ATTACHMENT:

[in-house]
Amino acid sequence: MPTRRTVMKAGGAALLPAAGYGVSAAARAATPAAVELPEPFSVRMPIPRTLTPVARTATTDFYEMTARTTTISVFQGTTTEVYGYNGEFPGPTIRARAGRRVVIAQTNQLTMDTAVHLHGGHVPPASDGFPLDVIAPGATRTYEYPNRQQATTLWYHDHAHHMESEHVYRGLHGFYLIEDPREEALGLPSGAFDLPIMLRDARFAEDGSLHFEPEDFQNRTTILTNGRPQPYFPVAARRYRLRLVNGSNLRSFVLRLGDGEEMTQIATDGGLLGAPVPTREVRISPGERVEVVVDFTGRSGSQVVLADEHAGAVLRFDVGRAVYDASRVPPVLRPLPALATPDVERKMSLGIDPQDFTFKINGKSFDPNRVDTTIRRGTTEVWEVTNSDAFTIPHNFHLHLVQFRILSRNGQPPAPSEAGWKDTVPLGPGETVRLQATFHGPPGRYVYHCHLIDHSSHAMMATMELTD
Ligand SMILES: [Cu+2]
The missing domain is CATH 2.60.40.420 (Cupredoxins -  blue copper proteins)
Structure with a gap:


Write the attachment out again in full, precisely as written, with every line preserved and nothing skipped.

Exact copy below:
[in-house]
Amino acid sequence: MPTRRTVMKAGGAALLPAAGYGVSAAARAATPAAVELPEPFSVRMPIPRTLTPVARTATTDFYEMTARTTTISVFQGTTTEVYGYNGEFPGPTIRARAGRRVVIAQTNQLTMDTAVHLHGGHVPPASDGFPLDVIAPGATRTYEYPNRQQATTLWYHDHAHHMESEHVYRGLHGFYLIEDPREEALGLPSGAFDLPIMLRDARFAEDGSLHFEPEDFQNRTTILTNGRPQPYFPVAARRYRLRLVNGSNLRSFVLRLGDGEEMTQIATDGGLLGAPVPTREVRISPGERVEVVVDFTGRSGSQVVLADEHAGAVLRFDVGRAVYDASRVPPVLRPLPALATPDVERKMSLGIDPQDFTFKINGKSFDPNRVDTTIRRGTTEVWEVTNSDAFTIPHNFHLHLVQFRILSRNGQPPAPSEAGWKDTVPLGPGETVRLQATFHGPPGRYVYHCHLIDHSSHAMMATMELTD
Ligand SMILES: [Cu+2]
The missing domain is CATH 2.60.40.420 (Cupredoxins -  blue copper proteins)
Structure with a gap: